Here's the Single Best Strategy for Making Money With CDs in July 2024


If it seems like everyone you know is opening a CD these days, there’s a reason for that. CD rates are among the highest they’ve been in years, with shorter-term CDs still offering APYs of 5% or even a little more.

You may be inclined to try to snag the highest CD rate you can this July — before rates start to fall. But here’s why you may not want to chase the highest CD rate this month.

Thinking long-term could work to your benefit

CD rates are up right now because the Federal Reserve spent much of 2022 and 2023 raising interest rates. The Fed needed to do that to pump the brakes on rampant inflation. And the Fed’s efforts worked to a large degree, leading to prices rising at a slower pace this year.

Since the Fed has made progress on inflation, it could soon start cutting interest rates. We don’t know exactly when that’s going to happen. But it’s fair to assume there will be at least one rate cut in 2024, and possibly more.

Our Picks for the Best High-Yield Savings Accounts of 2024

APY

4.25%



Rate info

Circle with letter I in it.


See Capital One website for most up-to-date rates. Advertised Annual Percentage Yield (APY) is variable and accurate as of April 11, 2024. Rates are subject to change at any time before or after account opening.


Min. to earn

$0

APY

4.25%



Rate info

Circle with letter I in it.


4.25% annual percentage yield as of July 4, 2024


Min. to earn

$1

Min. to earn

$0.01

Once the Fed begins to cut rates, CD rates should follow suit. This doesn’t mean that a single rate cut is going to take a 5% APY CD down to 4% overnight. The Fed’s rate cuts are likely to be gradual.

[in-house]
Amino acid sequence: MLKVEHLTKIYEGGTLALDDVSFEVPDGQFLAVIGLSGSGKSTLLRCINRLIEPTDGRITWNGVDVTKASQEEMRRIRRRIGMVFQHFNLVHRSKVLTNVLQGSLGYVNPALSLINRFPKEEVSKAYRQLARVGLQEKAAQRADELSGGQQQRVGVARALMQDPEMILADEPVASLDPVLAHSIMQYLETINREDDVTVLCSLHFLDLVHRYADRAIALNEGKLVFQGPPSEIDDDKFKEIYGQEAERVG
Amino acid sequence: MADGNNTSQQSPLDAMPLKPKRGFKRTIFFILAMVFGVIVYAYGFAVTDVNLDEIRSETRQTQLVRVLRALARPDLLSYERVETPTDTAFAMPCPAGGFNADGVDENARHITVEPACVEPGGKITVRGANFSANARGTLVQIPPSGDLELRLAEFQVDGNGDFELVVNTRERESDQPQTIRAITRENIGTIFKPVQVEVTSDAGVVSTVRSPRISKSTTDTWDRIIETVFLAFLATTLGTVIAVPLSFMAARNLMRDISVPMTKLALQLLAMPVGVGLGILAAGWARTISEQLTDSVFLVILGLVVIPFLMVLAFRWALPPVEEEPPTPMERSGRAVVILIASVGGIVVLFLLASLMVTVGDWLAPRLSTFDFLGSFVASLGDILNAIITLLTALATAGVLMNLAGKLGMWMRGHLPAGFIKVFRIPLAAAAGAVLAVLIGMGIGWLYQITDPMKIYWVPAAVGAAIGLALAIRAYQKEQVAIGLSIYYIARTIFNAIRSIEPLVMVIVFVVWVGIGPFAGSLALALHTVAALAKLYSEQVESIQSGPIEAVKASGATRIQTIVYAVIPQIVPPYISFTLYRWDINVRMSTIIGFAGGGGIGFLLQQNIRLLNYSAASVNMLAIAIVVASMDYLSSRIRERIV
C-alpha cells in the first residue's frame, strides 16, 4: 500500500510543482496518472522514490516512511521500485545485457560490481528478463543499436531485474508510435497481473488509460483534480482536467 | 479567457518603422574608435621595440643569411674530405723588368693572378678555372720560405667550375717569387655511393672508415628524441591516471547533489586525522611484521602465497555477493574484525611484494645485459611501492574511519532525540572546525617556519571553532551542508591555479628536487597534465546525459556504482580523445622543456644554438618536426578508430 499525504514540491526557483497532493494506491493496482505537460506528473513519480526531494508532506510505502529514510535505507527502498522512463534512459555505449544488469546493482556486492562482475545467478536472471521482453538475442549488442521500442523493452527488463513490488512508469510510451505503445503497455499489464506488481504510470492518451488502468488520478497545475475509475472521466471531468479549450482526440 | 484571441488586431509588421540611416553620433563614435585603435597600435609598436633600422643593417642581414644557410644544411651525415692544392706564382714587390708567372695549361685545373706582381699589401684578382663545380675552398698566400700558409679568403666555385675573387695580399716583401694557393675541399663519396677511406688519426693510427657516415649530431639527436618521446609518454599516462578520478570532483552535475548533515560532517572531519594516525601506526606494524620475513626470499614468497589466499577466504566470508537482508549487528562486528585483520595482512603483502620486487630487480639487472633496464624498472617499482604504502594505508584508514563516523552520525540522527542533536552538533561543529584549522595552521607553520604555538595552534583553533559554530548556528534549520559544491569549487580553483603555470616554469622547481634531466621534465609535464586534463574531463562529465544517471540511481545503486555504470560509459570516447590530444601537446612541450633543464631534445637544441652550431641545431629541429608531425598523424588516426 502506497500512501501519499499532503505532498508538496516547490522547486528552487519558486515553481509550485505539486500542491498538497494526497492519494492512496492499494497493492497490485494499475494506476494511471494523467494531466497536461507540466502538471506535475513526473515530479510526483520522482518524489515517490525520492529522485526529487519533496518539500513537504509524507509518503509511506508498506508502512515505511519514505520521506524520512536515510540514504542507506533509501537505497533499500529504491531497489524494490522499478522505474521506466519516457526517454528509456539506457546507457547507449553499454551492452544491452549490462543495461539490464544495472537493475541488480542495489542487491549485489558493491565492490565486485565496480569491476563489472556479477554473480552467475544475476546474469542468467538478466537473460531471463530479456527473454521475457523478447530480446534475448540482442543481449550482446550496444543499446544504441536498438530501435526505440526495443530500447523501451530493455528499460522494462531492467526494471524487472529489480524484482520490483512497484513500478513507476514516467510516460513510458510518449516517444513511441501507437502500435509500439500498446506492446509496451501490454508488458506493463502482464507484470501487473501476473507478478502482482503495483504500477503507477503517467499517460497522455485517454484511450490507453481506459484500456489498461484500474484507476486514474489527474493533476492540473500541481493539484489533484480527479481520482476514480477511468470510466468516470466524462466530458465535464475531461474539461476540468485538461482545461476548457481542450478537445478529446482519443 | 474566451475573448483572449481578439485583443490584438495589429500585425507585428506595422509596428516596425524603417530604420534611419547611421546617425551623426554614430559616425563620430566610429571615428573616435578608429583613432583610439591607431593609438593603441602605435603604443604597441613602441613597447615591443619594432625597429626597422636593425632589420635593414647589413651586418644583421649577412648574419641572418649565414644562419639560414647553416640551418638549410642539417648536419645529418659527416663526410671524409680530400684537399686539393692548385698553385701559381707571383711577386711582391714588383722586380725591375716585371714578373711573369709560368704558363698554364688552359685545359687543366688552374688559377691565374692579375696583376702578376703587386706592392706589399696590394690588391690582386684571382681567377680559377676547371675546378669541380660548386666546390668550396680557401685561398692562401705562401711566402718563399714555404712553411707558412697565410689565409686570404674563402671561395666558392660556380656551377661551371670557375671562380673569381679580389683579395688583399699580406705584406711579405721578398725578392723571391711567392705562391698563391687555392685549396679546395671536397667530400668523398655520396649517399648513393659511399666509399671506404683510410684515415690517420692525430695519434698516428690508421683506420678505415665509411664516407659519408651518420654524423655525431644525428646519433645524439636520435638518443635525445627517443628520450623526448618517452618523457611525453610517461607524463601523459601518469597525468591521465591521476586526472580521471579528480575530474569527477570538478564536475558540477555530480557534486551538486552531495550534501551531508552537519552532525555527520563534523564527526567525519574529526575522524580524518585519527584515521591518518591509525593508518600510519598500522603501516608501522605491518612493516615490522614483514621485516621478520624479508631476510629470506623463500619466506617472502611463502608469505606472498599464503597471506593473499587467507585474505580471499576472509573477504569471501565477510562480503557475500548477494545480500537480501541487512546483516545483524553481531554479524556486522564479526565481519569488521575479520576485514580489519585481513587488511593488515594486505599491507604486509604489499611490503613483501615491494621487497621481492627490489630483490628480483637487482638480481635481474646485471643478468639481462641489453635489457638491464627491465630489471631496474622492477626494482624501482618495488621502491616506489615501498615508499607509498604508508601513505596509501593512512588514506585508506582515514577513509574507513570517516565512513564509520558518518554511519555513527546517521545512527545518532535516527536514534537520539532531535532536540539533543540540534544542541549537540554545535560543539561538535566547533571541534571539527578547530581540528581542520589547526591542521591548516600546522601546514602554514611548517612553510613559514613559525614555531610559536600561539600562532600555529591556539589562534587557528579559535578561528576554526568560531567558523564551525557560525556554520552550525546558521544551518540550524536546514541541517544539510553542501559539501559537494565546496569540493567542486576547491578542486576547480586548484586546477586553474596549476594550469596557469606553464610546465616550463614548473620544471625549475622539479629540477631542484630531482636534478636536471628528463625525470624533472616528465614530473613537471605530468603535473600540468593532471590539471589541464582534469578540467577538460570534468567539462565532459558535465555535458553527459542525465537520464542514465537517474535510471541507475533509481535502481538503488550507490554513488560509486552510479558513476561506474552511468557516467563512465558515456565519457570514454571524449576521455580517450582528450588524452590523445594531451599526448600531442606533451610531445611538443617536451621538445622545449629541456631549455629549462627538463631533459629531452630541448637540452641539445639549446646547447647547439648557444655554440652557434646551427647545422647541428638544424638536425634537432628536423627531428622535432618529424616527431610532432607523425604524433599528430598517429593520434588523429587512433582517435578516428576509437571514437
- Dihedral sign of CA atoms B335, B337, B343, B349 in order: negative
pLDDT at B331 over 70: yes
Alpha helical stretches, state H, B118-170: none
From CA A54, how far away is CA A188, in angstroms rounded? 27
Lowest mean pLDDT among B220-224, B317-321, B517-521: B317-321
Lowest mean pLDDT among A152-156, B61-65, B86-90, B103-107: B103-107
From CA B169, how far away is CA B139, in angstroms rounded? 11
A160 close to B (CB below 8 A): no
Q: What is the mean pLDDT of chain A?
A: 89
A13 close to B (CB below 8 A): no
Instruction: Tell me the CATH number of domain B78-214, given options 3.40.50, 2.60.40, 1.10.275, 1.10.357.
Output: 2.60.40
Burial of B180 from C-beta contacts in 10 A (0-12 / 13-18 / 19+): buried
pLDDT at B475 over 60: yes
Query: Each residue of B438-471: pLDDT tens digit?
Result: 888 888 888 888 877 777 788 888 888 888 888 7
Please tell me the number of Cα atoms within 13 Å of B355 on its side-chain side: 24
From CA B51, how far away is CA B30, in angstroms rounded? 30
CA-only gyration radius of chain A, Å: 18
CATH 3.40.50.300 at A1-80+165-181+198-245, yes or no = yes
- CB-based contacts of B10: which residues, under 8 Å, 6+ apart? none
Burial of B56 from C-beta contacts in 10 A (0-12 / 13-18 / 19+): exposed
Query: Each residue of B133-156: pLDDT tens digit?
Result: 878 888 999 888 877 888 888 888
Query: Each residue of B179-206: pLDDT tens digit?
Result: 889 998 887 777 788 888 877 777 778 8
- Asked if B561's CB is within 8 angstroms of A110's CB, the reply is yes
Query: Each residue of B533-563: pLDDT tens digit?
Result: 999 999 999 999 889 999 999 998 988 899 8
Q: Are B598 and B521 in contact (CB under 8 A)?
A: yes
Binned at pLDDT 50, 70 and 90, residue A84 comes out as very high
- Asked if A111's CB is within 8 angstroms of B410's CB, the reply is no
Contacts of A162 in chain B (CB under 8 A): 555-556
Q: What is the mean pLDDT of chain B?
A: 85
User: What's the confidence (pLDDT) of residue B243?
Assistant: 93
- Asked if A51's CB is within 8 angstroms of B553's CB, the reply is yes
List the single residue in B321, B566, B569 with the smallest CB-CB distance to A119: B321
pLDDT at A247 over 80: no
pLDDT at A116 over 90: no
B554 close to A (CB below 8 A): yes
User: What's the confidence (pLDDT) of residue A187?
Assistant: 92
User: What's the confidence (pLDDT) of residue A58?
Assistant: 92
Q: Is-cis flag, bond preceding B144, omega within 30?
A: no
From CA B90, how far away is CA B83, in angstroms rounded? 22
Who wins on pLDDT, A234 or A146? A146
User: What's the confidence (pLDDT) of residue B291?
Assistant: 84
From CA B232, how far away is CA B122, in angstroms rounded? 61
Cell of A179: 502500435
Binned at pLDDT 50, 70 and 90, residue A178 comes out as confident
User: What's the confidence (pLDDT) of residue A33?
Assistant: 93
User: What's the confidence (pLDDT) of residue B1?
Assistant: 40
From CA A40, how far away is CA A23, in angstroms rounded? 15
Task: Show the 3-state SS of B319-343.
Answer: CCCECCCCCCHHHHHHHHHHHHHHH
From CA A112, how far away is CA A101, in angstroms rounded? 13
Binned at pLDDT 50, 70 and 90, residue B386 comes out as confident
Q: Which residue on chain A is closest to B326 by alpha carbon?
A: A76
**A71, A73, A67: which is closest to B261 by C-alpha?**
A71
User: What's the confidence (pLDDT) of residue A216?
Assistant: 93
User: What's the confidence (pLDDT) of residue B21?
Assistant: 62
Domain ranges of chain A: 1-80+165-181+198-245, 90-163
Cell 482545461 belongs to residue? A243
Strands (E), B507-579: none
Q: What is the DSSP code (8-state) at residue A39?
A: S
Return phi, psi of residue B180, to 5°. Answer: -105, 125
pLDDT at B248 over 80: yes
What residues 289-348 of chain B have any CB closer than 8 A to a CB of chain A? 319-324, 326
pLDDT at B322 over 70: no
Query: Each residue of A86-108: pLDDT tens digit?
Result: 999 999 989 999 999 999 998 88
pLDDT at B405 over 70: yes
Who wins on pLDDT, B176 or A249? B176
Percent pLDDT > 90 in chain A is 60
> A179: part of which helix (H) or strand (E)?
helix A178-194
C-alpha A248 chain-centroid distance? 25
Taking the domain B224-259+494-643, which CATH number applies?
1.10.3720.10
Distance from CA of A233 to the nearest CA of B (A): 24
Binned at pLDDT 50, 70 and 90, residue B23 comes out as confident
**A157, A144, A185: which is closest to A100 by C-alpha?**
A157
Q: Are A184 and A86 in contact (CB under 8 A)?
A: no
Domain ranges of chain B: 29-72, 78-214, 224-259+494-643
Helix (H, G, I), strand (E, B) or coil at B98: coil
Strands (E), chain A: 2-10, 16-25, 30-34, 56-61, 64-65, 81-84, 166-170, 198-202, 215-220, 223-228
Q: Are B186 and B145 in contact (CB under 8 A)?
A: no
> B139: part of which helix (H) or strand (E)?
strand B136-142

But once those rate cuts start, CD rates will gradually fall. And that’s why your best strategy for opening a CD this July may be to go for one with a longer term, like 36 months or longer.

For example, you could find a 12-month CD with a 5% APY. But a 36-month CD only has a 4% APY. So if you’re depositing $10,000, that’s a difference of $100 in interest your first year.

But remember, with the 36-month CD, you get that 4% APY for three years. In a year from now, the best 12-month CD rate available may be just 3%. And a year after that, it may be 2%. We don’t know. So all told, you might earn more interest on your money with a 36-month CD.

To put it another way, you’re guaranteed $1,249 in interest if you open a 36-month CD at 4%. All you know is that with a 12-month CD, you’re guaranteed $500 your first year. From there, it’s anyone’s guess.

The one move to make before opening any CD

A longer-term CD could be the best strategy to focus on this July. But before you open any CD, make sure you don’t need the money you’re about to deposit for emergency fund purposes. If so, sticking to a regular high-yield savings account is a safer bet.

Also, think about your financial goals. If you think you want to buy a house in three to four years, then a 36-month CD could be a good place to grow your down payment. It wouldn’t be smart to invest your down payment in the stock market because you might have too short a window to recover from a downturn.

On the other hand, if you think you’ll be ready to buy a home in about a year to 18 months, then you certainly don’t want to stick your down payment in a 36-month CD, because you could end up facing large penalties for an early withdrawal.

So while opening a longer-term CD could be a good choice this month, make sure that doing so actually fits with your financial needs and goals.

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